An Iranian administration under attack would experience considerable national unity and would work rapidly to redevelop its weapons programmes, withdrawing from the NPT and prioritising nuclear weapons. This would lead to further Israeli military strikes, resulting in prolonged conflict – the start of a long war with potential regional and global consequences. Iran could, if it chose, take many other actions, including operations to affect world oil markets and to increase instability in Iraq and Afghanistan. Prospects for regional stability and wider global security would be very seriously damaged.

The report concludes that military action against Iran should be ruled out in responding to its possible nuclear ambitions.

 

What has Changed?

Syria

In July 2010 the political upheavals in North Africa and the Middle East were still six months away but from early 2011 there were profound changes in Syria. These started with nonviolent demonstrations against the Assad regime that followed closely on those in Tunisia and Egypt, but these were suppressed with considerable violence by the regime. This led in turn to armed opposition and an appalling civil war that has left many hundreds of thousands of civilians killed or seriously injured and over 12 million Syrians displaced from their homes. As the war evolved, the regime turned initially to Hezbollah militias from Lebanon and then to Iran for support. It also gained direct support from Russia in 2015, cementing its position with the retaking of Aleppo by the end of 2016, and making steady gains and consolidations ever since.

From an Israeli perspective, the increasing role of Iran in Syria has been regarded as hugely worrying and is seen as a deliberate plan to forward base Quds Force units (the overseas arm of the Iranian Revolutionary Guard Corps, IRGC), and to nurture a Syrian paramilitary equivalent of Hezbollah among the Shi’a or Alawite minorities, both of which could act directly against Israel.

This concern has been shared by the Trump administration since it came to power eighteen months ago. Even before then, US and UK special forces and their local proxies were quietly active in southeastern Syria to prevent the Assad regime and its allies from controlling road access to Iraq and thus establishing a secure land corridor from Iran to Lebanon via Iraq and Syria.

Israeli military capabilities

The Israeli Defence Force (IDF) has consolidated the improvements covered in the report and its air force, in particular, has conducted numerous air strikes in Syria, around a hundred in the last five years. Until recently most of these have been directed at Hezbollah, especially any kind of supply chain that assists the group in transferring weapons to southern Lebanon.

More recently, Israel has been active in attacking facilities directly used by Iran, especially the Iranian Quds Force. On 10 May alone, Israel’s air force claimed to have struck 70 different sites used by Iranian military and intelligence forces within Syria, as well as Syrian air defence sites. Moreover, these air strikes reportedly marked the global combat debut of the Lockheed-Martin F-35 Lightning stealth fighter. If true, this makes Israel the only country other than the United States (which designs, builds and sells the F-35) to field operational combat aircraft essentially invisible to radar. This would be a major advance in capability over 2010, although Israel’s ability to use the aircraft at long range, which would require refuelling by non-stealthy tanker aircraft, may still be incomplete.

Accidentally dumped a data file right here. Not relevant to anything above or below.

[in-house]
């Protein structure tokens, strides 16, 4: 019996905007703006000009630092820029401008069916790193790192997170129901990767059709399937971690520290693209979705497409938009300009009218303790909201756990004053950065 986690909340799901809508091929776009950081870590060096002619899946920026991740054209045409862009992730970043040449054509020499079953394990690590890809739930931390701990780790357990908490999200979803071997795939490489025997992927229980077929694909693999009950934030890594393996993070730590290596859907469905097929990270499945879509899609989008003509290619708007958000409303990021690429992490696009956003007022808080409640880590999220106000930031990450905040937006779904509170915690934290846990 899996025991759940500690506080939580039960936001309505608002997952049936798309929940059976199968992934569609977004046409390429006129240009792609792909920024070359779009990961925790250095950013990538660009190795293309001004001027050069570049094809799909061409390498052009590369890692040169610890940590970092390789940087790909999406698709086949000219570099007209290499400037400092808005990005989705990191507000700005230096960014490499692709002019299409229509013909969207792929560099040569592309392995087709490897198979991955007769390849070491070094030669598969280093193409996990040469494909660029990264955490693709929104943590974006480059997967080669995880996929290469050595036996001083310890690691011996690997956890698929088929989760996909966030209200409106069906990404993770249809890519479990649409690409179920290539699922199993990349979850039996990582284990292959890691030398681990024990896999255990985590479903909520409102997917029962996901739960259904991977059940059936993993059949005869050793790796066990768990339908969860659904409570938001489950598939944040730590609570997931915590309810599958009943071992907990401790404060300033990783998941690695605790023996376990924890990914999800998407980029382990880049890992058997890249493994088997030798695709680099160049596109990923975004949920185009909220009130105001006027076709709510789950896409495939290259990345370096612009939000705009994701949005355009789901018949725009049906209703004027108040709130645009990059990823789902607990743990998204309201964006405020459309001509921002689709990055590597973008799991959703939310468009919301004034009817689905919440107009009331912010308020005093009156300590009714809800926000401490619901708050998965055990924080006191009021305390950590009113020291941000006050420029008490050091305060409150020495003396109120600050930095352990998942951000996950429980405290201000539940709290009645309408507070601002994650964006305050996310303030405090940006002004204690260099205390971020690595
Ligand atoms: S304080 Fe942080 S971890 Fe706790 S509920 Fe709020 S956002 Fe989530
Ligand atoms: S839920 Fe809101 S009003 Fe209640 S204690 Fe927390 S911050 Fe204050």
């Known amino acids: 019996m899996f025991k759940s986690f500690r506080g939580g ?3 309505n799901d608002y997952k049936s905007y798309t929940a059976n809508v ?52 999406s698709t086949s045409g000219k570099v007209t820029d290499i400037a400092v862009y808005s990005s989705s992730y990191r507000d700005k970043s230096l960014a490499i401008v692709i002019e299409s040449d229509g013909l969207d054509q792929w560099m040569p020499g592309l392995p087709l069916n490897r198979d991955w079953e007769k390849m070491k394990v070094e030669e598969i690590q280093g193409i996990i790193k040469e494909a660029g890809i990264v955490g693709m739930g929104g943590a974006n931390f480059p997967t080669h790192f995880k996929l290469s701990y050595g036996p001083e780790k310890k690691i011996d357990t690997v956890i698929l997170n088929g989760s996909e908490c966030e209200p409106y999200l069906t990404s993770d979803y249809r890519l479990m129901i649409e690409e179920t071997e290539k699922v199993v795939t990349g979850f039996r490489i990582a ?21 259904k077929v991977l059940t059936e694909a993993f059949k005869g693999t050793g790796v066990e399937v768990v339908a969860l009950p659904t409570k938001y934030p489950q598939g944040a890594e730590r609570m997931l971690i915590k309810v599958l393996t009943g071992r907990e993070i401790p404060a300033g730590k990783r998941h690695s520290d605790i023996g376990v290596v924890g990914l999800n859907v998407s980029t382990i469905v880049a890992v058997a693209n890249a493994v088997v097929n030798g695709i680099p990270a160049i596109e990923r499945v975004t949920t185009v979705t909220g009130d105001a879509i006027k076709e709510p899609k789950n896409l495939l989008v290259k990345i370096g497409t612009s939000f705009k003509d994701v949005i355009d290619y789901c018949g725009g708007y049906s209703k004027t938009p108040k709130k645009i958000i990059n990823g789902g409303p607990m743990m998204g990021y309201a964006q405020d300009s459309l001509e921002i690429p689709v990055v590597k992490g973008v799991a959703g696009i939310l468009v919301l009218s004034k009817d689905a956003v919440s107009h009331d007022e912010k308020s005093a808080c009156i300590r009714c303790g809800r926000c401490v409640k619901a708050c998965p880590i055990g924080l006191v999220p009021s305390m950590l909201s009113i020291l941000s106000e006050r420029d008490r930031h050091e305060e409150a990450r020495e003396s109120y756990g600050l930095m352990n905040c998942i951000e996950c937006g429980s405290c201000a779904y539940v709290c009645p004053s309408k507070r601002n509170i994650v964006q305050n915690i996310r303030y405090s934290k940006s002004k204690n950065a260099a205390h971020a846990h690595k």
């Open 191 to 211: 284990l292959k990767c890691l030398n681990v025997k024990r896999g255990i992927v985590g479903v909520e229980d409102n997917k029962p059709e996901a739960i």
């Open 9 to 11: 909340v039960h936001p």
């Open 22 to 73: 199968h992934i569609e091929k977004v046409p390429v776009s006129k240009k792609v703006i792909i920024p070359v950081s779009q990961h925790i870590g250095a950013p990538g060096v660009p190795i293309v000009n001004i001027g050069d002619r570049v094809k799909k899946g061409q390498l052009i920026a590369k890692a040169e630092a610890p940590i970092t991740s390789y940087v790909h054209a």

Israel has also made advances in its defensive infrastructure in response to the steady increase of Hezbollah rocket and missile stocks. In 2011 it began to deploy its Iron Dome system to protect Israel from short-range rocket attacks and has used it many times since then with relative success. This is part of a multi-layered missile defence system that does not wholly negate the threat of rockets or ballistic missiles but certainly makes Israel feel safer than it did in 2010. The US military has tracking facilities within southern Israel that feed into this system and in September 2017 the US Army broke ground on a facility in the Negev desert that will soon house US missile interceptors.

Israel has continued to maintain connections with Azerbaijan but there are indications that it has also enhanced its links with Georgia. If, in the event of a conflict, Israel was in a position to use forward operating bases in either or both countries this would enhance its abilities to attack targets in norther Iran. However, use of the intervening air space has potentially become more difficult for Israeli aircraft given that Russia now has an air defence capability in northern Syria, Turkey has remained opposed to the Israeli government, and the US no longer controls Iraqi air space.

Israeli and US relations

Israel has continued its drift towards a more hawkish stance, with the Netanyahu government, in power since 2009, feeing especially empowered by the support it is receiving from the United States under Donald Trump. It is particularly pleased with the manner in which conservative evangelical Christians in the United States are so forward in their support and it notes the especially strong role of Vice President Mike Pence and the participation of leading evangelical pastors in the recent inauguration of the US Embassy in Jerusalem. This support available from the United States is certainly one of the reasons why it has felt able to use considerable force in containing unrest in Gaza, to the extent of killing over one hundred Palestinians there since March, and injuring well over two thousand, many by sniper fire in the past month.